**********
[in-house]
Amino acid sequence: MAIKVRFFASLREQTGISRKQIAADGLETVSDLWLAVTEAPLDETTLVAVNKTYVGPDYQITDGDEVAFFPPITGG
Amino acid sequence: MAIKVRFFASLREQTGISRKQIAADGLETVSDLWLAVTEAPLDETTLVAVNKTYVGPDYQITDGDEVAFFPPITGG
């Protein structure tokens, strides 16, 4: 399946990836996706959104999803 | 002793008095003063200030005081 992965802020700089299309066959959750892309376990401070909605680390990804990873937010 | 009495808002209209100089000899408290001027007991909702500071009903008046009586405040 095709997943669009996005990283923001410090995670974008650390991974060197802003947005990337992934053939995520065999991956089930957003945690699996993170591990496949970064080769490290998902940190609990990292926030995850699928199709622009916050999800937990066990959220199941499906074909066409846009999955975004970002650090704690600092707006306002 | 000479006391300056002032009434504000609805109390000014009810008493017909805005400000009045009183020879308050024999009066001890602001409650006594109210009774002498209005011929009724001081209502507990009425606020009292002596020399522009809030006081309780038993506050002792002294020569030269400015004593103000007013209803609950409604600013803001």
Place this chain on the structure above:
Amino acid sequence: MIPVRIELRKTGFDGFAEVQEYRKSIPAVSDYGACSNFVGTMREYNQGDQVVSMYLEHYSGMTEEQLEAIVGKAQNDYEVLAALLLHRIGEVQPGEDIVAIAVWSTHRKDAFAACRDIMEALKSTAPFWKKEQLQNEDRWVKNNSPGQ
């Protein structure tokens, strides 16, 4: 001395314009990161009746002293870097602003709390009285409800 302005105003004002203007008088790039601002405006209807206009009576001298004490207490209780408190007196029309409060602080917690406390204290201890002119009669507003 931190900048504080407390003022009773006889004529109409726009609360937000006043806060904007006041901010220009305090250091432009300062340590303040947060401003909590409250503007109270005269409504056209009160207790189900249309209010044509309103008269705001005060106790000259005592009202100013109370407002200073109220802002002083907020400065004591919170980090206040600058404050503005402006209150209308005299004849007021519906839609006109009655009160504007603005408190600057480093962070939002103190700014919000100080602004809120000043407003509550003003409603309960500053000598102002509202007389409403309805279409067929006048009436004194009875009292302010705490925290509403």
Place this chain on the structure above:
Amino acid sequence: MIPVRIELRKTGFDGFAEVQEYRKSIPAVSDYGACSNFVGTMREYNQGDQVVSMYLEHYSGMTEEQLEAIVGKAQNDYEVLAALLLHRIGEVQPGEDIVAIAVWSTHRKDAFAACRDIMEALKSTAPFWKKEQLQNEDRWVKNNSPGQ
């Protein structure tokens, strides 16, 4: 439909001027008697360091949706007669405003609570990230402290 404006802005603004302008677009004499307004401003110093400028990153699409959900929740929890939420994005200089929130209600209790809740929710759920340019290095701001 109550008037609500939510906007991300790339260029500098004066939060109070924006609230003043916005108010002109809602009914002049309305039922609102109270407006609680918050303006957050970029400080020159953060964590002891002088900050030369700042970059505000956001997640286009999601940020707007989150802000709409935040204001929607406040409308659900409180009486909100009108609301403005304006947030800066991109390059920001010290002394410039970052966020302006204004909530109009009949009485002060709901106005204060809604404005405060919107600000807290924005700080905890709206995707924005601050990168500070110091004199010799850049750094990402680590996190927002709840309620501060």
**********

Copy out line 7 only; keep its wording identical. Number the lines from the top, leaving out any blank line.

């Protein structure tokens, strides 16, 4: 001395314009990161009746002293870097602003709390009285409800 302005105003004002203007008088790039601002405006209807206009009576001298004490207490209780408190007196029309409060602080917690406390204290201890002119009669507003 931190900048504080407390003022009773006889004529109409726009609360937000006043806060904007006041901010220009305090250091432009300062340590303040947060401003909590409250503007109270005269409504056209009160207790189900249309209010044509309103008269705001005060106790000259005592009202100013109370407002200073109220802002002083907020400065004591919170980090206040600058404050503005402006209150209308005299004849007021519906839609006109009655009160504007603005408190600057480093962070939002103190700014919000100080602004809120000043407003509550003003409603309960500053000598102002509202007389409403309805279409067929006048009436004194009875009292302010705490925290509403």